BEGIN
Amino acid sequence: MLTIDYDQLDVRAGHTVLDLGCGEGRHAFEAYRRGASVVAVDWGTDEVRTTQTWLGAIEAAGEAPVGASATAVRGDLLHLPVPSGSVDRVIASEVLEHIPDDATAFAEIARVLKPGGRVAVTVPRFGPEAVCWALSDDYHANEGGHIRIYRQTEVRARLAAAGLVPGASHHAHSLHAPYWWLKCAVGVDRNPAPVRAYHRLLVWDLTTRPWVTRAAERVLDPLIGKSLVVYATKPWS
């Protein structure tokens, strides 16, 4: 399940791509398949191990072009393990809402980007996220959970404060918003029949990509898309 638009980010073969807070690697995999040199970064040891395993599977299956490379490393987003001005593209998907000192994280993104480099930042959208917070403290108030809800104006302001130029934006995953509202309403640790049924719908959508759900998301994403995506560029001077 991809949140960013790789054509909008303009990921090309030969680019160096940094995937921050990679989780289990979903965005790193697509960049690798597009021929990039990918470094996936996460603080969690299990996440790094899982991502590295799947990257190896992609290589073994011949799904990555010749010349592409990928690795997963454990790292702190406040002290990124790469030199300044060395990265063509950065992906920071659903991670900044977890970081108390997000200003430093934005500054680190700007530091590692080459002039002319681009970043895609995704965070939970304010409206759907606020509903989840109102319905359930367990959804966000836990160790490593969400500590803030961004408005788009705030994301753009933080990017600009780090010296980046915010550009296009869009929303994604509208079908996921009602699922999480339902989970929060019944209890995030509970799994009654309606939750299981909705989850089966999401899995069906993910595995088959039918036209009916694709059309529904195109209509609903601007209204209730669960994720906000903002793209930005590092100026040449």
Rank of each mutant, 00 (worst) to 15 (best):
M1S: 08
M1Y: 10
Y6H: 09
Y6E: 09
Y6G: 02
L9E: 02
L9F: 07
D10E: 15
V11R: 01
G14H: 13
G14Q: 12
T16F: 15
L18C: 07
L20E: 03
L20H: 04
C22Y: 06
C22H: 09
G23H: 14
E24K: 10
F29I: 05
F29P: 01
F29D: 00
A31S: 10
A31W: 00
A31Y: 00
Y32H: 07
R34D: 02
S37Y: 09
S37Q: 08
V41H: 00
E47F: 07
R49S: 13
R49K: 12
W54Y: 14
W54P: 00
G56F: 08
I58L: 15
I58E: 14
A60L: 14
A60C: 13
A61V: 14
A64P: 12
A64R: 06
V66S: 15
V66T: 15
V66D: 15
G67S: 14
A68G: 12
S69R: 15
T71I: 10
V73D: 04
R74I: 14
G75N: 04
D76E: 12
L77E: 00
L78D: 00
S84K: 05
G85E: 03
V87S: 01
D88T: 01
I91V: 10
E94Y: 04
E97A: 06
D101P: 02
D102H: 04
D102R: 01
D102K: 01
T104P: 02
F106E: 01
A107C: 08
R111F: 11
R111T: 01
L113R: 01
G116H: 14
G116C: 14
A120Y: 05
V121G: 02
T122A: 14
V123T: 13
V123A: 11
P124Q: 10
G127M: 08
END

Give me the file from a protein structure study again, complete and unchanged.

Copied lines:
Amino acid sequence: MLTIDYDQLDVRAGHTVLDLGCGEGRHAFEAYRRGASVVAVDWGTDEVRTTQTWLGAIEAAGEAPVGASATAVRGDLLHLPVPSGSVDRVIASEVLEHIPDDATAFAEIARVLKPGGRVAVTVPRFGPEAVCWALSDDYHANEGGHIRIYRQTEVRARLAAAGLVPGASHHAHSLHAPYWWLKCAVGVDRNPAPVRAYHRLLVWDLTTRPWVTRAAERVLDPLIGKSLVVYATKPWS
């Protein structure tokens, strides 16, 4: 399940791509398949191990072009393990809402980007996220959970404060918003029949990509898309 638009980010073969807070690697995999040199970064040891395993599977299956490379490393987003001005593209998907000192994280993104480099930042959208917070403290108030809800104006302001130029934006995953509202309403640790049924719908959508759900998301994403995506560029001077 991809949140960013790789054509909008303009990921090309030969680019160096940094995937921050990679989780289990979903965005790193697509960049690798597009021929990039990918470094996936996460603080969690299990996440790094899982991502590295799947990257190896992609290589073994011949799904990555010749010349592409990928690795997963454990790292702190406040002290990124790469030199300044060395990265063509950065992906920071659903991670900044977890970081108390997000200003430093934005500054680190700007530091590692080459002039002319681009970043895609995704965070939970304010409206759907606020509903989840109102319905359930367990959804966000836990160790490593969400500590803030961004408005788009705030994301753009933080990017600009780090010296980046915010550009296009869009929303994604509208079908996921009602699922999480339902989970929060019944209890995030509970799994009654309606939750299981909705989850089966999401899995069906993910595995088959039918036209009916694709059309529904195109209509609903601007209204209730669960994720906000903002793209930005590092100026040449």
Rank of each mutant, 00 (worst) to 15 (best):
M1S: 08
M1Y: 10
Y6H: 09
Y6E: 09
Y6G: 02
L9E: 02
L9F: 07
D10E: 15
V11R: 01
G14H: 13
G14Q: 12
T16F: 15
L18C: 07
L20E: 03
L20H: 04
C22Y: 06
C22H: 09
G23H: 14
E24K: 10
F29I: 05
F29P: 01
F29D: 00
A31S: 10
A31W: 00
A31Y: 00
Y32H: 07
R34D: 02
S37Y: 09
S37Q: 08
V41H: 00
E47F: 07
R49S: 13
R49K: 12
W54Y: 14
W54P: 00
G56F: 08
I58L: 15
I58E: 14
A60L: 14
A60C: 13
A61V: 14
A64P: 12
A64R: 06
V66S: 15
V66T: 15
V66D: 15
G67S: 14
A68G: 12
S69R: 15
T71I: 10
V73D: 04
R74I: 14
G75N: 04
D76E: 12
L77E: 00
L78D: 00
S84K: 05
G85E: 03
V87S: 01
D88T: 01
I91V: 10
E94Y: 04
E97A: 06
D101P: 02
D102H: 04
D102R: 01
D102K: 01
T104P: 02
F106E: 01
A107C: 08
R111F: 11
R111T: 01
L113R: 01
G116H: 14
G116C: 14
A120Y: 05
V121G: 02
T122A: 14
V123T: 13
V123A: 11
P124Q: 10
G127M: 08